Taking incapacitated inebriates off the streets and putting them into protective custody might seem like a simple act of compassion, a lifesaver in Alaska’s cold climate enshrined in state law, but it comes with some problems.
Among the issues that the state’s behavioral health advocates and public officials are wrestling with in 2016: How do we provide appropriate, safe places for people to “sleep it off” if jails or hospitals aren’t the right place? And can we afford sleep-off centers?
Part of Title 47 in state law directs police and other patrollers to take custody of public inebriates and deliver them to an approved facility if the person is unable to care for him or herself and has nowhere else to go. In communities without a designated sleep-off center — including Fairbanks, the largest city in Alaska without one — there are often only a couple options left under the law: a hospital bed or a jail cell.
Officials across Alaska, including Fairbanks Mayor John Eberhart, have good reason to be concerned that those options could become more limited or unavailable altogether. Sleep-off centers like the ones in Anchorage, Bethel and Ketchikan seem to be the preferred solution, but Alaska faces a challenge in funding such facilities, let alone building more of them, as legislators work to bridge a multi-billion-dollar budget shortfall.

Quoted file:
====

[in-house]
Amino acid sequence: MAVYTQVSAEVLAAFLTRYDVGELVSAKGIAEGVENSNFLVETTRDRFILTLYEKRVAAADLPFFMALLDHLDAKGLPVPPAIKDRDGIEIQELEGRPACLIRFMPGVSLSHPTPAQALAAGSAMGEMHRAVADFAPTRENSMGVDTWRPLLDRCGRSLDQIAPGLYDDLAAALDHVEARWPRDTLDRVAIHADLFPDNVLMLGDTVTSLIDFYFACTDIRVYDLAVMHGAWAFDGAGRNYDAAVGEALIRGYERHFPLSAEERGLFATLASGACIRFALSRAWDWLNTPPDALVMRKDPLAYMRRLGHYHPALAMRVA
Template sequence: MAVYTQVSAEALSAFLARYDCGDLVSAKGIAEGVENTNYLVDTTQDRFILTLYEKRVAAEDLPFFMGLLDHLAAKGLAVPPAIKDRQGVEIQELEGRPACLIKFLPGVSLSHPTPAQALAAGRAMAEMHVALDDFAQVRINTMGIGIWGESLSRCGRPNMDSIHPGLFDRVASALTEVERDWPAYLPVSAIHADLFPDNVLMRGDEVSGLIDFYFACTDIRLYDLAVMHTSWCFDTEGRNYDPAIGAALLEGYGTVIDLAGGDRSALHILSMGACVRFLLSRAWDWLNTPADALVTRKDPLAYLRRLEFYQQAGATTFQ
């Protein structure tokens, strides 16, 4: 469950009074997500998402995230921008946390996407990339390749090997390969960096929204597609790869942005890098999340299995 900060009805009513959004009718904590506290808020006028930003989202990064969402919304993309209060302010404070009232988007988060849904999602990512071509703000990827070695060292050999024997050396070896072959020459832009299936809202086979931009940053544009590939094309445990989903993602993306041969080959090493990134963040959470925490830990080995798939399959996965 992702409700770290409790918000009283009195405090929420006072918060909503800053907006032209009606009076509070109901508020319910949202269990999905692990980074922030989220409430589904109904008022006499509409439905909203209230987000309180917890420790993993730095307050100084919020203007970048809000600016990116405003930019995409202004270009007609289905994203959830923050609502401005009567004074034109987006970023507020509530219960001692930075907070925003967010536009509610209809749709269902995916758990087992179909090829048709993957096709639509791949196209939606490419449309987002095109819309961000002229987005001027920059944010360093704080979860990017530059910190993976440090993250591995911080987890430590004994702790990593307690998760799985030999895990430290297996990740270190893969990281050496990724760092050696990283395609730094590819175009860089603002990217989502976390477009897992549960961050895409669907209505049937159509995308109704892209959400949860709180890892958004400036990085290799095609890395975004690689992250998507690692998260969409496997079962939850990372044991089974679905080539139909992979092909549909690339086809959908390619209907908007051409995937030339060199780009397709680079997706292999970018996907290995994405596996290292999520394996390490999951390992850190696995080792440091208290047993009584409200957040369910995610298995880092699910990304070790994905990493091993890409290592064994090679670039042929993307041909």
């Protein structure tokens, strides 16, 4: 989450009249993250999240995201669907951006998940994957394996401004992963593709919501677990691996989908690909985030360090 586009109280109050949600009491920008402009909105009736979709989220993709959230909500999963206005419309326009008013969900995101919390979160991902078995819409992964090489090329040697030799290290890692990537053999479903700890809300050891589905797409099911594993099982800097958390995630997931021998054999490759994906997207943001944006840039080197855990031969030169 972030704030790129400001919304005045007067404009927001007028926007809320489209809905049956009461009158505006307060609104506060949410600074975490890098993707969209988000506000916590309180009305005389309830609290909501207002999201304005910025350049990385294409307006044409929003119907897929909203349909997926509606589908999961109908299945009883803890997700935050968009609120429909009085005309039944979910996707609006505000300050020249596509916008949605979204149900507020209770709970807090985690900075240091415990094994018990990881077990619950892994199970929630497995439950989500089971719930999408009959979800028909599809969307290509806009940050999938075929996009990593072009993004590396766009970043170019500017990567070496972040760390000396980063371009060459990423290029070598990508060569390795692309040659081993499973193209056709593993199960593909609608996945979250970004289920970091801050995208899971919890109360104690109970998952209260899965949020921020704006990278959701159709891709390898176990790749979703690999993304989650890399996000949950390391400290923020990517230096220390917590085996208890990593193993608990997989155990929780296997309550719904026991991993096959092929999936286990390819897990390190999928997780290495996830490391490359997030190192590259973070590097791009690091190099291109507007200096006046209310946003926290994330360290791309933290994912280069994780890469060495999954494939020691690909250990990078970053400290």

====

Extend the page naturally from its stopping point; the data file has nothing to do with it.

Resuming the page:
Fairbanks is just one example of a community where the need is apparent.
The Fairbanks Community Service Patrol has grown to be able to take the majority of incapacitated people off city streets, freeing up city police. But without a sleep-off center, increasing numbers of people taken into that type of protective custody are ending up at Fairbanks Memorial Hospital and Fairbanks Correctional Center, creating an added burden for both.